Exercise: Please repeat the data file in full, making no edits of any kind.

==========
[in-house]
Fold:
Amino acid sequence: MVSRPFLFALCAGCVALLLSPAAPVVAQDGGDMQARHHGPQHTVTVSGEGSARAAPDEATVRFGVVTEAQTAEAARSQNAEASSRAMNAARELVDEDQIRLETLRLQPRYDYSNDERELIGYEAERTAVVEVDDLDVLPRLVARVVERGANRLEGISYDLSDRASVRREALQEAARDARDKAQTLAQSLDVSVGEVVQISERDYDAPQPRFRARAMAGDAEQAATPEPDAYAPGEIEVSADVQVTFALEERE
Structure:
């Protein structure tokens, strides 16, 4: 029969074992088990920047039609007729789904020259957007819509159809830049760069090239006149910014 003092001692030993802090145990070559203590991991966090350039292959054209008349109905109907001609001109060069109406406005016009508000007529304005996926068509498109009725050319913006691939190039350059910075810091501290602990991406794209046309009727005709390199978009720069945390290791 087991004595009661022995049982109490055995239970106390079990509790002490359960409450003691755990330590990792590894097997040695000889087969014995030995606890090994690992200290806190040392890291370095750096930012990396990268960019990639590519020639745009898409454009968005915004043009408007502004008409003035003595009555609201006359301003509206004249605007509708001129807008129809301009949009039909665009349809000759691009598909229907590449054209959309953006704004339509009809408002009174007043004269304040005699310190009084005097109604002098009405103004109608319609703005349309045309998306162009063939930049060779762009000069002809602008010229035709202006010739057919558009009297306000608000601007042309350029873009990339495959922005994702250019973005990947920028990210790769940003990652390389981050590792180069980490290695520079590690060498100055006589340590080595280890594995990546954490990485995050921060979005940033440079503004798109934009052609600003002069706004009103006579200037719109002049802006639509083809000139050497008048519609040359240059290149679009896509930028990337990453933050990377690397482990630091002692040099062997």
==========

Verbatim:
[in-house]
Fold:
Amino acid sequence: MVSRPFLFALCAGCVALLLSPAAPVVAQDGGDMQARHHGPQHTVTVSGEGSARAAPDEATVRFGVVTEAQTAEAARSQNAEASSRAMNAARELVDEDQIRLETLRLQPRYDYSNDERELIGYEAERTAVVEVDDLDVLPRLVARVVERGANRLEGISYDLSDRASVRREALQEAARDARDKAQTLAQSLDVSVGEVVQISERDYDAPQPRFRARAMAGDAEQAATPEPDAYAPGEIEVSADVQVTFALEERE
Structure:
């Protein structure tokens, strides 16, 4: 029969074992088990920047039609007729789904020259957007819509159809830049760069090239006149910014 003092001692030993802090145990070559203590991991966090350039292959054209008349109905109907001609001109060069109406406005016009508000007529304005996926068509498109009725050319913006691939190039350059910075810091501290602990991406794209046309009727005709390199978009720069945390290791 087991004595009661022995049982109490055995239970106390079990509790002490359960409450003691755990330590990792590894097997040695000889087969014995030995606890090994690992200290806190040392890291370095750096930012990396990268960019990639590519020639745009898409454009968005915004043009408007502004008409003035003595009555609201006359301003509206004249605007509708001129807008129809301009949009039909665009349809000759691009598909229907590449054209959309953006704004339509009809408002009174007043004269304040005699310190009084005097109604002098009405103004109608319609703005349309045309998306162009063939930049060779762009000069002809602008010229035709202006010739057919558009009297306000608000601007042309350029873009990339495959922005994702250019973005990947920028990210790769940003990652390389981050590792180069980490290695520079590690060498100055006589340590080595280890594995990546954490990485995050921060979005940033440079503004798109934009052609600003002069706004009103006579200037719109002049802006639509083809000139050497008048519609040359240059290149679009896509930028990337990453933050990377690397482990630091002692040099062997």